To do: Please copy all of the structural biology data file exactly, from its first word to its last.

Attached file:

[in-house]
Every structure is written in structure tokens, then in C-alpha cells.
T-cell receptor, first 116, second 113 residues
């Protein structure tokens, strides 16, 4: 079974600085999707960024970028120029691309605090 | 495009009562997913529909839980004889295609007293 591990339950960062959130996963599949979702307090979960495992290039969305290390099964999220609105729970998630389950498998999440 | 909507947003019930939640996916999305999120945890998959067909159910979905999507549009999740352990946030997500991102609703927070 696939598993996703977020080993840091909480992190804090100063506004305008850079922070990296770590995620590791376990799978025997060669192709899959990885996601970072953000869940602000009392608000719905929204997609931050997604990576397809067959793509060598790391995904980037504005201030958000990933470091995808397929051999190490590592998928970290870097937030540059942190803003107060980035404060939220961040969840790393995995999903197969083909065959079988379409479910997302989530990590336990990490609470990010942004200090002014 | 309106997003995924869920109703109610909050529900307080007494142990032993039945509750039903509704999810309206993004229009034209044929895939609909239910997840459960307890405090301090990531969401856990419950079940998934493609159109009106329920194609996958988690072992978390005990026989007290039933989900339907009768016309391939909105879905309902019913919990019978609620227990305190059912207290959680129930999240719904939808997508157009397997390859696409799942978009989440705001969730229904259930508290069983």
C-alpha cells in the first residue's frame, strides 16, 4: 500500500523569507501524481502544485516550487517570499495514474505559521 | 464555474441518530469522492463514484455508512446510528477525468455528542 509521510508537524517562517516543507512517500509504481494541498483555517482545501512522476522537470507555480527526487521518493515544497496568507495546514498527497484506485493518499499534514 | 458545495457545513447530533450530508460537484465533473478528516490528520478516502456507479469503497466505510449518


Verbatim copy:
[in-house]
Every structure is written in structure tokens, then in C-alpha cells.
T-cell receptor, first 116, second 113 residues
């Protein structure tokens, strides 16, 4: 079974600085999707960024970028120029691309605090 | 495009009562997913529909839980004889295609007293 591990339950960062959130996963599949979702307090979960495992290039969305290390099964999220609105729970998630389950498998999440 | 909507947003019930939640996916999305999120945890998959067909159910979905999507549009999740352990946030997500991102609703927070 696939598993996703977020080993840091909480992190804090100063506004305008850079922070990296770590995620590791376990799978025997060669192709899959990885996601970072953000869940602000009392608000719905929204997609931050997604990576397809067959793509060598790391995904980037504005201030958000990933470091995808397929051999190490590592998928970290870097937030540059942190803003107060980035404060939220961040969840790393995995999903197969083909065959079988379409479910997302989530990590336990990490609470990010942004200090002014 | 309106997003995924869920109703109610909050529900307080007494142990032993039945509750039903509704999810309206993004229009034209044929895939609909239910997840459960307890405090301090990531969401856990419950079940998934493609159109009106329920194609996958988690072992978390005990026989007290039933989900339907009768016309391939909105879905309902019913919990019978609620227990305190059912207290959680129930999240719904939808997508157009397997390859696409799942978009989440705001969730229904259930508290069983």
C-alpha cells in the first residue's frame, strides 16, 4: 500500500523569507501524481502544485516550487517570499495514474505559521 | 464555474441518530469522492463514484455508512446510528477525468455528542 509521510508537524517562517516543507512517500509504481494541498483555517482545501512522476522537470507555480527526487521518493515544497496568507495546514498527497484506485493518499499534514 | 458545495457545513447530533450530508460537484465533473478528516490528520478516502456507479469503497466505510449518